The success of NMF has puzzled researchers for some time. We like to say that the nonnegative constraints direct us toward separating the whole into its component parts (Lee and Seung). Although I cannot tell you why NMF seems to succeed in general, I can say something about why it works with consumer data. Products do well when they deliver communicable benefits that differentiate them from their competitors. Everyone knows the reasons for buying a BMW even if they have no interest in owning or driving the vehicle. Products do not survive in a competitive market unless their perceptions are clear and distinct, nor will the market support many brands occupying the same positioning. Early entries create barriers so that additional "me-too" brands cannot enter. Such is the nature of competitive advantage. As a result, consumer perceptions can be decomposed into their separable brand components with their associated attributes.

Discrete or Continuous Latent Structure?

Of course, my answer has already been given in a prior spoiler alert. We do both using dimensions for the big picture and features for more detailed comparisons. The market is separable into brands offering differentiated benefits. However, this categorization has a dissimilarity structure. The categories are contrastive, which is what creates the dimensions. For example, the luxury-economy dimension from the CA is not a quantity like length or weight or volume in which more is more of the same thing. Two liters of water is just the concatenation of two one-liter volumes of water. Yet, no number of economy cars make a luxury automobile. These axes are not quantities but dimensions that impose a global ordering on the vehicle types while retaining a local structure defined by the features.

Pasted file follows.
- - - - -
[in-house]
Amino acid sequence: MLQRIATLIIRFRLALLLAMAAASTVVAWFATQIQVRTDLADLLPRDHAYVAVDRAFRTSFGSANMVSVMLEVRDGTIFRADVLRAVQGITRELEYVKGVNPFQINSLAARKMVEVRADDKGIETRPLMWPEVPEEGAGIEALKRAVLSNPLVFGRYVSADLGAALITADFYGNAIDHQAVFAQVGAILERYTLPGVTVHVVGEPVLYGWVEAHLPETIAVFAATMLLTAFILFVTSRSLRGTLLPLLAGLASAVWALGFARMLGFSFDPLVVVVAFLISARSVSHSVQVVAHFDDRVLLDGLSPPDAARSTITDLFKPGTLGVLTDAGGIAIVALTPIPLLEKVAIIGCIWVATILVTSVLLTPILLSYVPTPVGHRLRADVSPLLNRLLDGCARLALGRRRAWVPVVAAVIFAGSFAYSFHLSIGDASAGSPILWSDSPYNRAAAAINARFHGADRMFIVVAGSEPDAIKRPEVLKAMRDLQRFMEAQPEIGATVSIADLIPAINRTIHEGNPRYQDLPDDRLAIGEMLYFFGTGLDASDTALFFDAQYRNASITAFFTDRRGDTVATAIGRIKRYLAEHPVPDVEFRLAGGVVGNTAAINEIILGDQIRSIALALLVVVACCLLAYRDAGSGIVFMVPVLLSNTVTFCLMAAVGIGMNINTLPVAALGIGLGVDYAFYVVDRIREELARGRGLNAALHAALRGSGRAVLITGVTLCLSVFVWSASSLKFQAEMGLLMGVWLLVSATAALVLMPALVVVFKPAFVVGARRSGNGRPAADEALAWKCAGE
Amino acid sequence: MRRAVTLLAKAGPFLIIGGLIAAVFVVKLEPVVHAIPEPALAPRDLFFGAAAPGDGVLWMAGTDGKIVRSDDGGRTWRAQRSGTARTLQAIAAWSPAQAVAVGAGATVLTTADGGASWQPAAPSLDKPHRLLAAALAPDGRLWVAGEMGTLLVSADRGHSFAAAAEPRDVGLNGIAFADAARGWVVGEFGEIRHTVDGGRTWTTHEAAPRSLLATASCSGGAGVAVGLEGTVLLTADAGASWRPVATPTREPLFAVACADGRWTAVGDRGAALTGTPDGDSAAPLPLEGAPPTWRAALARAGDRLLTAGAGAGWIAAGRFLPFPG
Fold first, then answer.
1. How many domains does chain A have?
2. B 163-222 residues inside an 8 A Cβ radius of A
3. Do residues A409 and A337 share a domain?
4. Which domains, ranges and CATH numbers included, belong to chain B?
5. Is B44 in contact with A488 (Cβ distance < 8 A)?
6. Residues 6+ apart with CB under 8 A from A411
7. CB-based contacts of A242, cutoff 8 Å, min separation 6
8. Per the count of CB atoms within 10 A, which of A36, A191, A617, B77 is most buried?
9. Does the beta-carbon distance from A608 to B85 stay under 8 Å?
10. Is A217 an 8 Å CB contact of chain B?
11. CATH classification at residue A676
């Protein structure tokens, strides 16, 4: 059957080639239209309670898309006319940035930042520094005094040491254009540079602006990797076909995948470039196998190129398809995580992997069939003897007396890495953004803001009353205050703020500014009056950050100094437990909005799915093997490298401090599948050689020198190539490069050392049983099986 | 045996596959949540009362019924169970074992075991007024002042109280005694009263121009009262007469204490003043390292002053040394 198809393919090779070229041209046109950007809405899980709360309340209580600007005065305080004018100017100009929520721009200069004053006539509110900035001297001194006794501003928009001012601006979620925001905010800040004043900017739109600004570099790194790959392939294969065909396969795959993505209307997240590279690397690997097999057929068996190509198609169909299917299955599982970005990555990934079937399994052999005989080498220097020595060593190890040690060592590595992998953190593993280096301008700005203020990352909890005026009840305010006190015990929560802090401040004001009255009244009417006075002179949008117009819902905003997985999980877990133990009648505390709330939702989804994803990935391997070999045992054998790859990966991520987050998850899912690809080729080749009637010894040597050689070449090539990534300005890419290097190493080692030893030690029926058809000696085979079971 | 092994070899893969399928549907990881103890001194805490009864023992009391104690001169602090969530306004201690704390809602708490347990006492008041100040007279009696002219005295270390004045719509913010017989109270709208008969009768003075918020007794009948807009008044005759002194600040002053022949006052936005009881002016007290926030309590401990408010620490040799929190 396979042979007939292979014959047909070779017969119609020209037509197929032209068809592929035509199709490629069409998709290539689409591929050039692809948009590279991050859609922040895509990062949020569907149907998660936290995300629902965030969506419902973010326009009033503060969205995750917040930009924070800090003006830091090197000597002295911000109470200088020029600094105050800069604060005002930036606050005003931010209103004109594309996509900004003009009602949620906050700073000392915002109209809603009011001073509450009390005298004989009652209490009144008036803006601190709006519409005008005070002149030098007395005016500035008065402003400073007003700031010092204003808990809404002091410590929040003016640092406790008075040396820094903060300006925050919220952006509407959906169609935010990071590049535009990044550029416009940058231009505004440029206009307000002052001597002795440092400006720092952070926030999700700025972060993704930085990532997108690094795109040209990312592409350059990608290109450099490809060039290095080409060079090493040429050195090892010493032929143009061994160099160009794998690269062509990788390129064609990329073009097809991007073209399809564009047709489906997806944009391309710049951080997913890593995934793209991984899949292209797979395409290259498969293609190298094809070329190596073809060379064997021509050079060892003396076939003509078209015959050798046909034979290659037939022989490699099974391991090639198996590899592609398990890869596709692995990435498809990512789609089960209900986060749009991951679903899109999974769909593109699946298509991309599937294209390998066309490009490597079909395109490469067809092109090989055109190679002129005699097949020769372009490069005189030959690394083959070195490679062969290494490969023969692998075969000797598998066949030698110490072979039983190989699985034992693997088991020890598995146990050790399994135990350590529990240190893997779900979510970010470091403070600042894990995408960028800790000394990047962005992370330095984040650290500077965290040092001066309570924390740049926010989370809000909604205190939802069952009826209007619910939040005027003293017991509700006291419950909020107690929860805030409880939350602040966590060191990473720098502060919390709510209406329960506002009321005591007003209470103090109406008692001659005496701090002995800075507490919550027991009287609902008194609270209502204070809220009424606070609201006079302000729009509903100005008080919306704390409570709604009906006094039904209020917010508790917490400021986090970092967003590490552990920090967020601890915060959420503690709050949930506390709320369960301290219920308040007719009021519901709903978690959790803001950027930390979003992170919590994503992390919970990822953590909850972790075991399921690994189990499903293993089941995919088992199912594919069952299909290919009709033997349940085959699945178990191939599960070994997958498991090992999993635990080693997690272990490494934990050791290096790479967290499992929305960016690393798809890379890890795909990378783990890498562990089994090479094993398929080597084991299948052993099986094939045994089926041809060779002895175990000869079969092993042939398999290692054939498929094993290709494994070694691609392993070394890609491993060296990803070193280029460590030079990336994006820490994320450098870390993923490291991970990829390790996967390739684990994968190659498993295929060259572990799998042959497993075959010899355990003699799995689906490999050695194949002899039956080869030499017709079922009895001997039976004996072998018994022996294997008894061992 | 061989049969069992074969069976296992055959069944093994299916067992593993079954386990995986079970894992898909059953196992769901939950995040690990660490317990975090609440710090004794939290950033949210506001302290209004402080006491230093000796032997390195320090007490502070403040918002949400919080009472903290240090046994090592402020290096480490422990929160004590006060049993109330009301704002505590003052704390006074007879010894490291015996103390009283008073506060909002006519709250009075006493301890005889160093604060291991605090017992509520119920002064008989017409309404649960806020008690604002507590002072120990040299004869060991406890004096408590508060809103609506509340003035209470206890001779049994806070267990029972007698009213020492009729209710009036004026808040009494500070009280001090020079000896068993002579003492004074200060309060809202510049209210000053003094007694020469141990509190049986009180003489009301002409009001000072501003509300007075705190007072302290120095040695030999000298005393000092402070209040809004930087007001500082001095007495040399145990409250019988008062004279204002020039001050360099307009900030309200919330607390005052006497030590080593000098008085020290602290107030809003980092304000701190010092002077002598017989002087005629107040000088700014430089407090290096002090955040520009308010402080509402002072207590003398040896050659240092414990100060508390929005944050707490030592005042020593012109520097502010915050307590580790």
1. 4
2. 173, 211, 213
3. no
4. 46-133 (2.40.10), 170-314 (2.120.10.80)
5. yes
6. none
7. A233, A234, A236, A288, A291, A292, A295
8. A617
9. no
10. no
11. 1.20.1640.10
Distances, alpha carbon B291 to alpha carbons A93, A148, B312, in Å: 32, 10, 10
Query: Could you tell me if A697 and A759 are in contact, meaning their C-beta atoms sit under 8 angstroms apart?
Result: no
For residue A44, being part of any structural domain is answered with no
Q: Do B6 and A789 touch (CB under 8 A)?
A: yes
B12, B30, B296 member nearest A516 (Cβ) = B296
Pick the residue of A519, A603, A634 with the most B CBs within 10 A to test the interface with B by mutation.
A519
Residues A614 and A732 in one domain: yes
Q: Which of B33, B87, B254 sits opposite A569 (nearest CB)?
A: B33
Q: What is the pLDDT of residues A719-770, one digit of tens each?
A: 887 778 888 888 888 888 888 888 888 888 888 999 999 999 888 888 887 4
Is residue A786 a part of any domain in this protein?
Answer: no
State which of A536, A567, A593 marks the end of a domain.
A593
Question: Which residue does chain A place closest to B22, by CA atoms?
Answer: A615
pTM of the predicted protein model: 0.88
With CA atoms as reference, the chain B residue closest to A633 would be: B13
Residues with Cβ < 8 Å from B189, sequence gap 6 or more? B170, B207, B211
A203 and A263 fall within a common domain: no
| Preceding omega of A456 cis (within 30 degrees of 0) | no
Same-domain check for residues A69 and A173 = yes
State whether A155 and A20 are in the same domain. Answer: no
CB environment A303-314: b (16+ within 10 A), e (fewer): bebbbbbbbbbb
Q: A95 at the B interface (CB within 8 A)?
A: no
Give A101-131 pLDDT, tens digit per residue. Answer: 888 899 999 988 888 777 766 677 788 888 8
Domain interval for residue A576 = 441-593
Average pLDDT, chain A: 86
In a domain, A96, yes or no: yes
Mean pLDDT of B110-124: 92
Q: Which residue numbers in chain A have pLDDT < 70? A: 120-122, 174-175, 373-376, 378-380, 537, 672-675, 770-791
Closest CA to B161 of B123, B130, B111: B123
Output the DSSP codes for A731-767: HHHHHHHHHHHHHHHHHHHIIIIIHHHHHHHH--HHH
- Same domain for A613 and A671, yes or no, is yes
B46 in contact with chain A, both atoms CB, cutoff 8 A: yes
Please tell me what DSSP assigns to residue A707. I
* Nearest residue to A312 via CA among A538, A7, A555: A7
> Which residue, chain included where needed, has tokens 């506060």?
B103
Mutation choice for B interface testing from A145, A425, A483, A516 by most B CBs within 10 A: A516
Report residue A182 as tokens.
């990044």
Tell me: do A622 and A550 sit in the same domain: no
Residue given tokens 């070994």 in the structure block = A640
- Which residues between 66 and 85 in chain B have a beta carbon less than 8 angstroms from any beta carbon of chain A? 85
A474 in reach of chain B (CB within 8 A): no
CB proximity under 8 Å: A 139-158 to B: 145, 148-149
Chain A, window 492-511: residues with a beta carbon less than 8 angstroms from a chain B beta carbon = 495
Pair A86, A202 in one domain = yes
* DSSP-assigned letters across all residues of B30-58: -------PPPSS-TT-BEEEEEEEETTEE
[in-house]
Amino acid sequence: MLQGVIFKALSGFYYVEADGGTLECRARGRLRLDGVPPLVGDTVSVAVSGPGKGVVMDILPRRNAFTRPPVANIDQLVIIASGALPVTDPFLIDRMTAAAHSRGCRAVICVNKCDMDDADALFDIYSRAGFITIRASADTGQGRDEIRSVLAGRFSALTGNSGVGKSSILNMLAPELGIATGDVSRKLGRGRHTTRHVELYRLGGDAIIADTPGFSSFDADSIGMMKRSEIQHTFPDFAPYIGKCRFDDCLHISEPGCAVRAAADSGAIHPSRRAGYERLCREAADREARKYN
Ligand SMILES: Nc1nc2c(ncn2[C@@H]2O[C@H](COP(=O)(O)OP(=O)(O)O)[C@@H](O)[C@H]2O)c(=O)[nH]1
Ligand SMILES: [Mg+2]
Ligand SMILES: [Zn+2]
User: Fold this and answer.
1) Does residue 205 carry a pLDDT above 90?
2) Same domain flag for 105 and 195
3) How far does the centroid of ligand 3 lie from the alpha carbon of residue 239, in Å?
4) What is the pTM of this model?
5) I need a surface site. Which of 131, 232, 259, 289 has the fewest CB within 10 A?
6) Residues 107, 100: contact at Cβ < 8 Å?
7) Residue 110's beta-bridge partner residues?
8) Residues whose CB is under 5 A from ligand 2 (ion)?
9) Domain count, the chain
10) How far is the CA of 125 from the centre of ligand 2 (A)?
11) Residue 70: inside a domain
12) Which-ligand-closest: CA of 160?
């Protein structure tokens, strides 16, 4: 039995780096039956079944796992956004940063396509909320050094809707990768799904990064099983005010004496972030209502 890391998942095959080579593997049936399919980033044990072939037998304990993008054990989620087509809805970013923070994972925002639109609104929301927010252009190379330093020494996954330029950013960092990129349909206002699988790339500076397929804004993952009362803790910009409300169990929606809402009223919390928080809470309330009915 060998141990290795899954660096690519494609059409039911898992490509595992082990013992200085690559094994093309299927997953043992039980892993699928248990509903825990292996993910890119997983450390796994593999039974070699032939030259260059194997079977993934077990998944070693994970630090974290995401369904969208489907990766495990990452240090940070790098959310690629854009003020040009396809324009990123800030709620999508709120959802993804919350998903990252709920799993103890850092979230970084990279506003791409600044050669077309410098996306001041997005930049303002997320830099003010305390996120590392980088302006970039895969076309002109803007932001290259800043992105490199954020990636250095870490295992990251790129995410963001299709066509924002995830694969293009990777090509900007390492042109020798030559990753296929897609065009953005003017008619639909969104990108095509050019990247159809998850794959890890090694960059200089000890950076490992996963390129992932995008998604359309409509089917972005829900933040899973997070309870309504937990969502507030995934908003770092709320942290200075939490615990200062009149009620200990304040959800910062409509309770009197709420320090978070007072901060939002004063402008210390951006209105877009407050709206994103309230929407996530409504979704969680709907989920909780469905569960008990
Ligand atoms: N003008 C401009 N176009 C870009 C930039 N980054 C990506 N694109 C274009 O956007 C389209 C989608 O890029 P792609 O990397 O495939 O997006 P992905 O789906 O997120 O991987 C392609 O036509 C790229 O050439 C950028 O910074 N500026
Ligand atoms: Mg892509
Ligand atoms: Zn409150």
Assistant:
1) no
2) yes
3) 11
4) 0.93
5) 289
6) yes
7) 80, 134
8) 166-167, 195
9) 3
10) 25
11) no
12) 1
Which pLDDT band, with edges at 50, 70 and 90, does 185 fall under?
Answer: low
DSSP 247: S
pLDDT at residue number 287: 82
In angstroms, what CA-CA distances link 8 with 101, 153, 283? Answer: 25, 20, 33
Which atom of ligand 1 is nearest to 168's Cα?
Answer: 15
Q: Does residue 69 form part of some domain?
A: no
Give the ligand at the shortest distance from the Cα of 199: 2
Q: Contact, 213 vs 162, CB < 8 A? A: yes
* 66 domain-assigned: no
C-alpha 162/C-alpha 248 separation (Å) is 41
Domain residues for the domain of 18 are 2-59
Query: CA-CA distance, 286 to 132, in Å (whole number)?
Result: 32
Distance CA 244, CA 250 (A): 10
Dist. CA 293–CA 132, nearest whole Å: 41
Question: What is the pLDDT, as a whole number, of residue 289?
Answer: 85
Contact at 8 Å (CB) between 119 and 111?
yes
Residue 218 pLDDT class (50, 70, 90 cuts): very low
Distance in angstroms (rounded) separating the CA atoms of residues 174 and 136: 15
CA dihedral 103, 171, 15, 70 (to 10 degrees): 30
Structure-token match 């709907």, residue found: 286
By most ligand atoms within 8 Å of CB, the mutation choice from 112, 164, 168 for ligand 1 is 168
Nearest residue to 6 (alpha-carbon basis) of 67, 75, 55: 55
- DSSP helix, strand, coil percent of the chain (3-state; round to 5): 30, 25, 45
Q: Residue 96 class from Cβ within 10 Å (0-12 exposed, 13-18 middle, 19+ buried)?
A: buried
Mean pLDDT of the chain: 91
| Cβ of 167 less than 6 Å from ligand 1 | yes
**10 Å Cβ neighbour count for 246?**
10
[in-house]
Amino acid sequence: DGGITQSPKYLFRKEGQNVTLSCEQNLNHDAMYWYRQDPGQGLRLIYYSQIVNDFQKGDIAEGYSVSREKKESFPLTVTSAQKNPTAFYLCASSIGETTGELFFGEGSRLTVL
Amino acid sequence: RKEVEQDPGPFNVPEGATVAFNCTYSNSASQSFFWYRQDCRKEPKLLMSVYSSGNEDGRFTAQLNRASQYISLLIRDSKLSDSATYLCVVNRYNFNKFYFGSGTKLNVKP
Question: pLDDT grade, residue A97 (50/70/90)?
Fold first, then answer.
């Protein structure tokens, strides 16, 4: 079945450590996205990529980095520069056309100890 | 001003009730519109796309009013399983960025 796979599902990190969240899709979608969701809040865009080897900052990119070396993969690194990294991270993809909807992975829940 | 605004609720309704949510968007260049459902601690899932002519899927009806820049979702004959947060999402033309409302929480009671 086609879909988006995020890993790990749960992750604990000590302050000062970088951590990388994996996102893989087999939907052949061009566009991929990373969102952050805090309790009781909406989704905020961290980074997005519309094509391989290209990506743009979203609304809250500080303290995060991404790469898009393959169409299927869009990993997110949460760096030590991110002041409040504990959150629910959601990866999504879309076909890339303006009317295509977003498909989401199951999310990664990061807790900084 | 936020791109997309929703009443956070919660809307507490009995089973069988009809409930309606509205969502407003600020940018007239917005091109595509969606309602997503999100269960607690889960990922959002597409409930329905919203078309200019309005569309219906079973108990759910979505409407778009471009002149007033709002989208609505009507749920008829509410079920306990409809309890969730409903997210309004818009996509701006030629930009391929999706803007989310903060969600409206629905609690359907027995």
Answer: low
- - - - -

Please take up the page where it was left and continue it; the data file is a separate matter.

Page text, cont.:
Hopefully, one last example will clarify this notion of dimension-as-ordering-of-distinct-types. Odors clearly fall along an approach-avoidance continuum. Lemons attract and sewers repel. Nevertheless, odors are discrete categories even when they are equally appealing or repulsive. A published NMF analysis of the human odor descriptor space used the term "categorical dimensions" because the "odor space is not occupied homogeneously, but rather in a discrete and intrinsically clustered manner." Brands are also discrete categories that can be ordered along a continuum anchored by most extreme features at each end. Moreover, these features that we associate with various brands differ in kind and not just intensity. Both the brands and the features can be arrayed along the same dimensions, however, those dimensions contain discontinuities or gaps where there are no intermediate brands or features.